Planet Earth is home to an incredibly complex and diverse ecosystem. Having been developed over the course of 4.5 billion years, we are fortunate to be able to study such diversity and take positive action towards protecting our planet. That’s why at Sierra Space our mission is to build a platform in space to benefit life on Earth.
With access to space, we have been able to make discoveries to help better understand our home and monitor environments that need protection. Future innovations developed by private sector specialist astronauts in fields including materials science and alternative energy will continue to improve the lives of billions of people here on Earth.
But it’s more than that. The technology that makes living and working possible in low-Earth Orbit (LEO) will have direct applications upon improving our stewardship of the environment as well. Which is why aligning our planet and the future of space is vital to our future endeavors at Sierra Space.
Earth Day sprang to life in 1970. It occurred after decades of environmental protection work by small groups focused on individual problems failed to impact America’s worsening pollution problems, further damaging nature. The plan led by Democrat Senator Gaylord Nelson of Wisconsin and Republican Congressman Pete McCloskey of California was to choose a day to mobilize all environmental concerns under a single banner. April 22 was cleverly chosen by Earth Day’s founders to fall between Spring break and final exams for college students. The gambit paid off well. Our first Earth Day involved the engagement of 20 million Americans, or almost 10% of the country’s population at the time.
Sierra Space believes Earth Day and the Orbital AgeTM are linked because of everything space has to offer Earth and the health of our terrestrial environment.
Sierra Space’s contributions to a better, cleaner world starts with the Dream Chaser® spaceplane. Its commitment to improving life on Earth is evident in its basic design. Each spaceplane in the Dream Chaser fleet, including Tenacity, the first to fly, will be reusable for up to 15 missions.
Such high reusability means vital logistical missions to space will require the construction of fewer vehicles, meaning less materials and energy will be consumed transforming the Orbital Age from dream into reality. What’s more, we are also actively investigating the potential to offset all emissions generated by Dream Chaser launches. This is a complex subject involving serious math—but our team is treating it as just another technical challenge like so many others we’ve overcome.
How Sierra Space will soon transport specialist astronauts to LEO is just the start of our contributions to Earth. A second way our planet will benefit from the Orbital Age is the advent of next generation microgravity bio-agricultural products to increase plant productivity and resource recovery. (Vegetables grown in space will make astronauts less dependent on supplies transported from Earth, saving precious space on Dream Chaser launches for important scientific gear and other critical equipment.)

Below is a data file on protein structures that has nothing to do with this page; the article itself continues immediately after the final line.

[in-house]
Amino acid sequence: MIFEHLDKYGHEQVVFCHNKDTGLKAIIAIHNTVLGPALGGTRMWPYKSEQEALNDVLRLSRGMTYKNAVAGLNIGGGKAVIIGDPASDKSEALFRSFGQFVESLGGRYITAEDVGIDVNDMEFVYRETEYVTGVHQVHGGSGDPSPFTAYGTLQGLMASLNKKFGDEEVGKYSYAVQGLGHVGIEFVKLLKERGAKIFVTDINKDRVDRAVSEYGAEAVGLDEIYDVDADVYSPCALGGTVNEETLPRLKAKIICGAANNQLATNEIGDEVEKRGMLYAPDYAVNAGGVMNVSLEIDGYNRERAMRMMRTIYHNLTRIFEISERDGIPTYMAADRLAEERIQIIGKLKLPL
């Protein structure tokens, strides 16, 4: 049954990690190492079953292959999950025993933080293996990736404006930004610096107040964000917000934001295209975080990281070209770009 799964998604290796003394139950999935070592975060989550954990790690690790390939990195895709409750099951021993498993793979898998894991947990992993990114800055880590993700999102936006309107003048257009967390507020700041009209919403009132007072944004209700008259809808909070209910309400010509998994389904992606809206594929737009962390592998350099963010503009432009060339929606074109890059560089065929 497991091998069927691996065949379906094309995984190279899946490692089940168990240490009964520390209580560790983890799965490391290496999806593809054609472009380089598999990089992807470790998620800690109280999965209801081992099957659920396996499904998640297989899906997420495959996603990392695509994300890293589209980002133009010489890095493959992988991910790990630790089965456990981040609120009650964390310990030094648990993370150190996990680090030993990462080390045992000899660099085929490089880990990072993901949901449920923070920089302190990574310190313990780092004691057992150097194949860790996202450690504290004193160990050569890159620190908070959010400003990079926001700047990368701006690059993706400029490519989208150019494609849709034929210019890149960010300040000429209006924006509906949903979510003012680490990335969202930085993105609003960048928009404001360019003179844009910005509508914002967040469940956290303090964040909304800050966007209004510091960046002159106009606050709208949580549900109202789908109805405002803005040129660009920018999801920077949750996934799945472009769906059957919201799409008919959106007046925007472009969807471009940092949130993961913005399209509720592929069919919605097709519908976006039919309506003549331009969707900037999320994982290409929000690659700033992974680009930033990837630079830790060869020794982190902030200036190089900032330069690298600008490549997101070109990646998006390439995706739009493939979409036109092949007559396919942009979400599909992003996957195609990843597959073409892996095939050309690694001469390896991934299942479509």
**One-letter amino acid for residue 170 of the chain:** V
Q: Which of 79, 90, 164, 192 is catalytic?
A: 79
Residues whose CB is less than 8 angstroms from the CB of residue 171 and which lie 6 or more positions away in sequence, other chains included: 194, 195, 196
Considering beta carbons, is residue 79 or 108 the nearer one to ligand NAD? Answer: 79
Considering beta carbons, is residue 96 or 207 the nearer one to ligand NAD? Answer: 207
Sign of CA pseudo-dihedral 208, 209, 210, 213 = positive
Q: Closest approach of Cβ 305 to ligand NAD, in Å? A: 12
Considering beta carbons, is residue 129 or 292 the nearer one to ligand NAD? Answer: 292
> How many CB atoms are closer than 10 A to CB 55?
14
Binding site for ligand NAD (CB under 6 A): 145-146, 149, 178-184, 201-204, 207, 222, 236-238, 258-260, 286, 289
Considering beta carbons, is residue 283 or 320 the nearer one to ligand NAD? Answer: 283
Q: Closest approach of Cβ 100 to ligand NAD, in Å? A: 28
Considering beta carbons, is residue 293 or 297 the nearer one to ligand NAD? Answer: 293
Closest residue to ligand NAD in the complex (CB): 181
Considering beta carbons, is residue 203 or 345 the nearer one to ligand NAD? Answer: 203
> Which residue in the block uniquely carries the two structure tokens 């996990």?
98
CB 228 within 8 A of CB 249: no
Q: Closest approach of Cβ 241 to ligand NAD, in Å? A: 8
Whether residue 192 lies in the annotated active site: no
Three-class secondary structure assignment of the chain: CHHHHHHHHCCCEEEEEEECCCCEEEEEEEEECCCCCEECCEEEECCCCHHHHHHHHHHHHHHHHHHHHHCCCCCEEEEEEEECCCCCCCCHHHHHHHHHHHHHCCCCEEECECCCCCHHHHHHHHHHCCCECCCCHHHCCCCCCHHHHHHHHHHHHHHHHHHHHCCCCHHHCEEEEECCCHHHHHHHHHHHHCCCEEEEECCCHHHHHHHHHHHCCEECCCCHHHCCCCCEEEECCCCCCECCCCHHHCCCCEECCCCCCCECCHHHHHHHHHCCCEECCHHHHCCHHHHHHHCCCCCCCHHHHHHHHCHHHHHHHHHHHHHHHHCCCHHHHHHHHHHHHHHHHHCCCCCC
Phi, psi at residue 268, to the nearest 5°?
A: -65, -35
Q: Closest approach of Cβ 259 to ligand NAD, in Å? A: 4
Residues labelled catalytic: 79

Our efforts to create vegetables capable of growing off-world began with Veggie, the first Sierra Space system used to grow experimental crops in space. This work continues with the Advanced Plant Habitat (APH), which has been producing edible crops aboard the International Space Station (ISS) since 2017. The APH has produced a variety of produce, including radishes and chili peppers, used to prepare the first space tacos. The latest tech to take flight is XROOTS. This will reduce power and mass requirements to grow food in space while also increasing the volume grown.
Although all this innovation remains focused on the challenges of producing food in LEO, the plant strains developed will also benefit agriculture back home. Hearty vegetables that can grow in tough conditions can turn barren land on Earth into food-bearing acreage. Also, when plants grow where they previously couldn’t, our environment flourishes, from carbon consumed by the plants to animals having a new extension to their ecosystem.
Some of the technology developed and used by astronauts aboard Dream Chaser and LIFE™ habitats will find environmental applications back on Earth. That’s because they are all centered on achieving maximum efficiency in the usage of water, energy, and space. For example, the Trash Compaction and Processing System (TCPS) provides efficient waste sanitation, stabilization, and resource recovery while reducing the mass, power, and physical footprint of waste materials. The output is a stable tile which can be disposed of easily. On Earth, this technology offers to not only preserve water and space, but also to make waste less likely to pollute rivers and other water bodies.
Based on all these developments and more, Sierra Space is proud to celebrate Earth Day daily. We believe utilizing innovative technology and opening
LEO to the private sector will help us benefit life on Earth. If you are ready to fulfill humanity’s dreams of space while simultaneously improving our planet, consider joining our growing team.